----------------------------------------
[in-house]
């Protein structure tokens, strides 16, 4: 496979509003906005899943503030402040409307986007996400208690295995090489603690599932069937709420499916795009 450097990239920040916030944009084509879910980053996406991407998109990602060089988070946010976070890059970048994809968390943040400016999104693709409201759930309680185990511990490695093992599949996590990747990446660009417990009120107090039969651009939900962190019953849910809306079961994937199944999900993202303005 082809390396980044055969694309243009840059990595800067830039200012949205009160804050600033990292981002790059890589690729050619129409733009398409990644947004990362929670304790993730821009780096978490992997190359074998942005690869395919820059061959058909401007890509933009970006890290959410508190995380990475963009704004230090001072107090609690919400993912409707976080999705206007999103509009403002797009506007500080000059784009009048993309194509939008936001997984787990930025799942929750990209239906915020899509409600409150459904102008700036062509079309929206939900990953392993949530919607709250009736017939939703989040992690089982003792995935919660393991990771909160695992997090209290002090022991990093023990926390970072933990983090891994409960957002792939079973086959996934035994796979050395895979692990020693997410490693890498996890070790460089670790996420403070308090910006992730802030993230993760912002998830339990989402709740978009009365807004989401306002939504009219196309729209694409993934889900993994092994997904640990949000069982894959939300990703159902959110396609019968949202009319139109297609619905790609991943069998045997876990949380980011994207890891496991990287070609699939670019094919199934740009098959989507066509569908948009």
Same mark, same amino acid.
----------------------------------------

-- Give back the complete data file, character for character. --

[in-house]
């Protein structure tokens, strides 16, 4: 496979509003906005899943503030402040409307986007996400208690295995090489603690599932069937709420499916795009 450097990239920040916030944009084509879910980053996406991407998109990602060089988070946010976070890059970048994809968390943040400016999104693709409201759930309680185990511990490695093992599949996590990747990446660009417990009120107090039969651009939900962190019953849910809306079961994937199944999900993202303005 082809390396980044055969694309243009840059990595800067830039200012949205009160804050600033990292981002790059890589690729050619129409733009398409990644947004990362929670304790993730821009780096978490992997190359074998942005690869395919820059061959058909401007890509933009970006890290959410508190995380990475963009704004230090001072107090609690919400993912409707976080999705206007999103509009403002797009506007500080000059784009009048993309194509939008936001997984787990930025799942929750990209239906915020899509409600409150459904102008700036062509079309929206939900990953392993949530919607709250009736017939939703989040992690089982003792995935919660393991990771909160695992997090209290002090022991990093023990926390970072933990983090891994409960957002792939079973086959996934035994796979050395895979692990020693997410490693890498996890070790460089670790996420403070308090910006992730802030993230993760912002998830339990989402709740978009009365807004989401306002939504009219196309729209694409993934889900993994092994997904640990949000069982894959939300990703159902959110396609019968949202009319139109297609619905790609991943069998045997876990949380980011994207890891496991990287070609699939670019094919199934740009098959989507066509569908948009």
Same mark, same amino acid.